Karen and Nancy, our direct next-door neighbors, were the kind everyone wants to have. We got to know them over Saturdays exchanging gardening tips—they were always quick to lend us their tools—and we occasionally passed platters of barbecued food over the fence for each other to try. When my husband was sick they fretted over the best dish to bring us, finally landing on a spicy chili that we devoured. Occasionally they brought by little gifts for our daughter, things found around the house or given to them by one of their students.

One winter we didn’t see much of Karen and Nancy. Karen was taking an additional teaching course and Nancy was dealing with some health issues, plus the cold weather kept us all inside so there were few opportunities to talk. They left their house in the early dark hours and weeks passed with occasional, short greetings. When the first spring weekend arrived, Karen emerged from their house with shocking news. After 11 years together they’d split up. Nancy was seeing someone else and Karen would move out within a few weeks. “I didn’t see this coming,” Karen said in tears.

Something I didn’t see coming was my own response. Me, the girl who didn’t believe in same-sex relationships, was angry and sad about their break-up.

I was sad for Karen in the same way I was sad for my friend’s parents when they divorced after 22 years of marriage. Never mind the specifics about length of time. Never mind the specifics about homosexuality. Human heartache is human heartache.

After that day, I struggled with what my emotions meant. I think a lot of people might argue my sadness was proof that my biblical convictions are wrong. I believe that my emotions are confirmation that you really can love a person even if you don’t agree with their choices.

I’ve tried to write this essay for years, but I’ve worried about what people will think or say. My former co-workers still don’t know my feelings about same-sex marriage, and neither do my neighbors. I’ve never told them my story but I’m forever grateful they told me theirs. Not only has their friendship changed my life, their bravery in sharing their convictions is giving me a similar, growing strength to tell my own. Not because I want to shove my beliefs down people’s throats, but because it’s only in telling our stories that we can love each other better.

In a nation that is growing more accepting of same-sex marriage, and less accepting of colleges, churches and non-profits who don’t believe in same-sex marriage, I wonder if we’ll ever find a middle ground. Is it even possible? I think it is. It starts at the water cooler at work and the swings on our front porches. It starts with holding our tongue sometimes and opening our ears instead. It starts with food shared across a fence and it starts with remembering that friends don’t always have to agree.

Lesley-2Lesley Miller lives in Santa Barbara, CA with her husband Jonathan and two children, Anna and Owen. She is the writer behind Barefooton45th.com and has been published on such sites as the Hello Darling blog, Her.meneutics, and InCourage.com. Lesley loves the beach (with a good book), date nights (with a Moscow Mule) and skiing (preferably on a sunny day). She hopes that her experiences and words will be an encouragement to others, and reminder they are known and loved.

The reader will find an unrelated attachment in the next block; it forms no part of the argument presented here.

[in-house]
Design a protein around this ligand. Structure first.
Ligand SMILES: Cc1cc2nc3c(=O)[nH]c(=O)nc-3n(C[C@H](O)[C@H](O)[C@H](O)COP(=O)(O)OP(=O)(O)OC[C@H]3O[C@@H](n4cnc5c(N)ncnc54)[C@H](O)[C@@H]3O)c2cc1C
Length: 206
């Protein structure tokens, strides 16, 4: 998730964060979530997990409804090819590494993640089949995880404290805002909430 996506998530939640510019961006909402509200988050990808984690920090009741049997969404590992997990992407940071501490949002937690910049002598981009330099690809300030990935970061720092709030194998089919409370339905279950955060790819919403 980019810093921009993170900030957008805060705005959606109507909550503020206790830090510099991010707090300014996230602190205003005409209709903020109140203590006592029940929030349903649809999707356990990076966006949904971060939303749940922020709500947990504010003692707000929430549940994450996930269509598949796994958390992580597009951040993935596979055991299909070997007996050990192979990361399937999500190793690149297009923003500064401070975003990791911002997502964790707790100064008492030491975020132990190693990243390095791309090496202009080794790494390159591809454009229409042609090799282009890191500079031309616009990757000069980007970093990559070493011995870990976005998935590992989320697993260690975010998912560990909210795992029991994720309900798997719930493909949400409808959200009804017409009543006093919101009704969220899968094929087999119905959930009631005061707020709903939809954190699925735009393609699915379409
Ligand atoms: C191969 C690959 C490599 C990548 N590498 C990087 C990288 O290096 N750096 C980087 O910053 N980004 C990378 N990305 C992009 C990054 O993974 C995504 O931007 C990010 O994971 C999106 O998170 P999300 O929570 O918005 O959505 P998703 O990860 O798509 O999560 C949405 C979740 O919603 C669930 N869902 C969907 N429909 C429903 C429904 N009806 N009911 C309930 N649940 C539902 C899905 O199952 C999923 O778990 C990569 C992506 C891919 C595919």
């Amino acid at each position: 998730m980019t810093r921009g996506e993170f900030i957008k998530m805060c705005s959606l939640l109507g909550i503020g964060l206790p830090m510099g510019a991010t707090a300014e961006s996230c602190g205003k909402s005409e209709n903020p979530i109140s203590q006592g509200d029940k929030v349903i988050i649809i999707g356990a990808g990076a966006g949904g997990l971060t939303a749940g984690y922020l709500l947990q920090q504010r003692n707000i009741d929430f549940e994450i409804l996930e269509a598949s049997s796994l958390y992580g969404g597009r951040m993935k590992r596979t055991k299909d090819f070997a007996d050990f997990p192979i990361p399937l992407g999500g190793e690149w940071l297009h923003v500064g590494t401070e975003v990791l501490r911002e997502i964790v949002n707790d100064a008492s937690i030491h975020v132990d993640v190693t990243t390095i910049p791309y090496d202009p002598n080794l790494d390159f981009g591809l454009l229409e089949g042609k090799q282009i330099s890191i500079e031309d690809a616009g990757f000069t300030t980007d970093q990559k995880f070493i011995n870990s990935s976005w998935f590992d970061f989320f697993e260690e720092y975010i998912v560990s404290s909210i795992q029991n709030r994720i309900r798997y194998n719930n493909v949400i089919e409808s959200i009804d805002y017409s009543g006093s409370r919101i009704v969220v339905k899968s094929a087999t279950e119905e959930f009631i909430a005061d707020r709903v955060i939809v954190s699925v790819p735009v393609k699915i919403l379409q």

Photo credit: Neighbor’s Fence, by Nikki. (Flickr Creative Commons) / image edited by Bronwyn Lea

How Much Should You Pay a Speaker at Your Women’s Ministry Event?

Money talks in the form of many large bills and a headset

image courtesy of morguefile.com/edited on picmonkey.com

I have been on both sides of this question: both as the speaker, as well as the organizer of brunches, spring teas and women’s retreats; and it has been my experience that the topic of paying the speaker is often a tricky one. More and more I am realizing that I am not alone in feeling anxious about this.

We often in feel squirrelly and insecure about conversations where the higher good of ministry rubs shoulders with the worldly reality of money. Organizers are concerned about tight budgets and making the event as affordable as possible so that money doesn’t keep women from coming, and speakers are aware that giving a talk is costly to them: it is a sacrifice of time, energy, and in the case of speakers like myself with young children, sometimes money of my own to arrange childcare and find the necessary resources needed to prepare for the topic.

But none of us wants to talk about money.

For the purposes of this post, I am assuming that both the organizers and speakers are women acting in good faith: wanting to serve God, do ministry, and do right. I am assuming that neither are greedy, opportunistic, nor miserly. I am assuming, too, that it is their delight to serve God and His daughters by participating in this way. I am, finally, also assuming that—whether big or small—your ministry event does have a budget. This was the case when I was at a teeny church organizing a college women’s brunch for 15, or at a large church with a retreat for hundreds.

Having said all that, it still doesn’t get us out of talking about the issue of money. God has much to say about stewardship of money, both personally and in ministry, and it is time we talked faithfully and biblically about how to handle this topic in women’s ministry rather than feeling swamped by feelings of guilt and pressure when we feel that the money question is the elephant in the room.

Laying the groundwork

Scripture says that a worker is worth their wages (1 Timothy 5:18), a principle clearly stated in both the Old and New Testaments. This is true in the business world, as an excellent recent article in Christianity Today made clear, and it is true in the church, where we are told that double honor is due to elders who lead well, especially those whose work is preaching and teaching (1 Timothy 5:17).